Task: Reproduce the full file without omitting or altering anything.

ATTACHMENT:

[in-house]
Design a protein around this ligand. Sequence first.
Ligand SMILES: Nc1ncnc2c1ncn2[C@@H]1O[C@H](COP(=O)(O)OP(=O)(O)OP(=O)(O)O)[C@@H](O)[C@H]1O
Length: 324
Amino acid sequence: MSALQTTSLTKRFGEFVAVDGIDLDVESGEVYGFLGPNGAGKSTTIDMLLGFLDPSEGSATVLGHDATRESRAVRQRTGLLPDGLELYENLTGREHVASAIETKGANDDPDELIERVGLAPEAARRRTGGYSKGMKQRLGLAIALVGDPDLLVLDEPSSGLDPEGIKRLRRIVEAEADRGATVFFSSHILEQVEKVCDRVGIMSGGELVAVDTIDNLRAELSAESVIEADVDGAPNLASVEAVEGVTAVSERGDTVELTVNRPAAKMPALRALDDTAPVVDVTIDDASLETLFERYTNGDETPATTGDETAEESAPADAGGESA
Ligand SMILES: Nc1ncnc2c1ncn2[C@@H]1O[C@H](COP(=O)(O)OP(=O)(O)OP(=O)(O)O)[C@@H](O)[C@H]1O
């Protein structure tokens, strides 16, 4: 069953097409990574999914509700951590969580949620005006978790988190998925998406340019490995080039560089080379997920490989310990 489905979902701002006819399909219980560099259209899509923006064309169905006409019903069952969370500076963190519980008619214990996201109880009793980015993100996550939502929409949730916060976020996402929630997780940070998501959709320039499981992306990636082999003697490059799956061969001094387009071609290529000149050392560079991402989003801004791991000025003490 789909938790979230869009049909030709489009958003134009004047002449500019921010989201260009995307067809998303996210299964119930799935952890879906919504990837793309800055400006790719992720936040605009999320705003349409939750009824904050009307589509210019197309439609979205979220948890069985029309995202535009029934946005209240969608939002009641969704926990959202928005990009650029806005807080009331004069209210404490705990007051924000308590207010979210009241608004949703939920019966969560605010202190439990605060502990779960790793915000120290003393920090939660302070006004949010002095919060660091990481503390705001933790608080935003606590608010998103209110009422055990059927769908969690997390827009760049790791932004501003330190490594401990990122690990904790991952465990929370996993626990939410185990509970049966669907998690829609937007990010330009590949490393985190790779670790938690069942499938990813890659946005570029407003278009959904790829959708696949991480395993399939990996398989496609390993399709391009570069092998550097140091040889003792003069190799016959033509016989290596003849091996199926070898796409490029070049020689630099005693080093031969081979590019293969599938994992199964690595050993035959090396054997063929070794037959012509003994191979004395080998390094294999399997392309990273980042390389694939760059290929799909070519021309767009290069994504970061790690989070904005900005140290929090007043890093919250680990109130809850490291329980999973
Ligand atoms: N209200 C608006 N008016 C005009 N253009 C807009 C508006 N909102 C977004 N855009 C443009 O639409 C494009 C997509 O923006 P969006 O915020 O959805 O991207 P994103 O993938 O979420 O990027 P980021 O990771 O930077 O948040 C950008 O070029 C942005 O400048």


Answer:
[in-house]
Design a protein around this ligand. Sequence first.
Ligand SMILES: Nc1ncnc2c1ncn2[C@@H]1O[C@H](COP(=O)(O)OP(=O)(O)OP(=O)(O)O)[C@@H](O)[C@H]1O
Length: 324
Amino acid sequence: MSALQTTSLTKRFGEFVAVDGIDLDVESGEVYGFLGPNGAGKSTTIDMLLGFLDPSEGSATVLGHDATRESRAVRQRTGLLPDGLELYENLTGREHVASAIETKGANDDPDELIERVGLAPEAARRRTGGYSKGMKQRLGLAIALVGDPDLLVLDEPSSGLDPEGIKRLRRIVEAEADRGATVFFSSHILEQVEKVCDRVGIMSGGELVAVDTIDNLRAELSAESVIEADVDGAPNLASVEAVEGVTAVSERGDTVELTVNRPAAKMPALRALDDTAPVVDVTIDDASLETLFERYTNGDETPATTGDETAEESAPADAGGESA
Ligand SMILES: Nc1ncnc2c1ncn2[C@@H]1O[C@H](COP(=O)(O)OP(=O)(O)OP(=O)(O)O)[C@@H](O)[C@H]1O
């Protein structure tokens, strides 16, 4: 069953097409990574999914509700951590969580949620005006978790988190998925998406340019490995080039560089080379997920490989310990 489905979902701002006819399909219980560099259209899509923006064309169905006409019903069952969370500076963190519980008619214990996201109880009793980015993100996550939502929409949730916060976020996402929630997780940070998501959709320039499981992306990636082999003697490059799956061969001094387009071609290529000149050392560079991402989003801004791991000025003490 789909938790979230869009049909030709489009958003134009004047002449500019921010989201260009995307067809998303996210299964119930799935952890879906919504990837793309800055400006790719992720936040605009999320705003349409939750009824904050009307589509210019197309439609979205979220948890069985029309995202535009029934946005209240969608939002009641969704926990959202928005990009650029806005807080009331004069209210404490705990007051924000308590207010979210009241608004949703939920019966969560605010202190439990605060502990779960790793915000120290003393920090939660302070006004949010002095919060660091990481503390705001933790608080935003606590608010998103209110009422055990059927769908969690997390827009760049790791932004501003330190490594401990990122690990904790991952465990929370996993626990939410185990509970049966669907998690829609937007990010330009590949490393985190790779670790938690069942499938990813890659946005570029407003278009959904790829959708696949991480395993399939990996398989496609390993399709391009570069092998550097140091040889003792003069190799016959033509016989290596003849091996199926070898796409490029070049020689630099005693080093031969081979590019293969599938994992199964690595050993035959090396054997063929070794037959012509003994191979004395080998390094294999399997392309990273980042390389694939760059290929799909070519021309767009290069994504970061790690989070904005900005140290929090007043890093919250680990109130809850490291329980999973
Ligand atoms: N209200 C608006 N008016 C005009 N253009 C807009 C508006 N909102 C977004 N855009 C443009 O639409 C494009 C997509 O923006 P969006 O915020 O959805 O991207 P994103 O993938 O979420 O990027 P980021 O990771 O930077 O948040 C950008 O070029 C942005 O400048």